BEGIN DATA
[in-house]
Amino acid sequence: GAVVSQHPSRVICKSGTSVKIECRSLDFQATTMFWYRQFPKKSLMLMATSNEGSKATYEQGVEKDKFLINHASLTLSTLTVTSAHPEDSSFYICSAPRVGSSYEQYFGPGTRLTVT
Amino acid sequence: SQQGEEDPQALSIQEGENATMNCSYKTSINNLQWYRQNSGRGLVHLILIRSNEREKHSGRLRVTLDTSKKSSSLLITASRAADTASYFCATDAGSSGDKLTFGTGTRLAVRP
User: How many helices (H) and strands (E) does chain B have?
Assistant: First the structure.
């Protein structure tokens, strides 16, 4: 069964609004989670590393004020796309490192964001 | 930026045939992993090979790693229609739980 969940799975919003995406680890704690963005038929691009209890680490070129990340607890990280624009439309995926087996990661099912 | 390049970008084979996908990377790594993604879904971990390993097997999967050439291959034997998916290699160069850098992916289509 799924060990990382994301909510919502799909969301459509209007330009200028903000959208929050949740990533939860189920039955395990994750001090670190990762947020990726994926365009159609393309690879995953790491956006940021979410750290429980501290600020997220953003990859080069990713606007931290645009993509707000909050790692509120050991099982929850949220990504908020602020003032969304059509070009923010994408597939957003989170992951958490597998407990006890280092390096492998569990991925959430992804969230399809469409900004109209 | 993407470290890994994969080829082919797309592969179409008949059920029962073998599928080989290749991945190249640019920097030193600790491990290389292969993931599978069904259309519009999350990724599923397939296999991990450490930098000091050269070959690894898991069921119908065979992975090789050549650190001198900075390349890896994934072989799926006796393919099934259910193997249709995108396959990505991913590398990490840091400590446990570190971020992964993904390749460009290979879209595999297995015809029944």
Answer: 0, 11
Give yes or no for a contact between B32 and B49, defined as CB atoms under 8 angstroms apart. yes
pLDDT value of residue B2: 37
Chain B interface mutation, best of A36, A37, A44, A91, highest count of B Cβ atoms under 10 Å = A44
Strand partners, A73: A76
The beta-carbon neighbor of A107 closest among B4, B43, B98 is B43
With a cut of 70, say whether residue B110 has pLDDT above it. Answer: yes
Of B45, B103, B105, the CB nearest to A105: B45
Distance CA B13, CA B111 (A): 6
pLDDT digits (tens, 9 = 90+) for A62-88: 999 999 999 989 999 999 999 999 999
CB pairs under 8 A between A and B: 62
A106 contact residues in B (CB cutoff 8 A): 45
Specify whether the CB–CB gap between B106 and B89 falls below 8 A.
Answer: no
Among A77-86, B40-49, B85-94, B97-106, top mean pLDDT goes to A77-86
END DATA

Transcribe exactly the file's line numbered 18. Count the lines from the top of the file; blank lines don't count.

A106 contact residues in B (CB cutoff 8 A): 45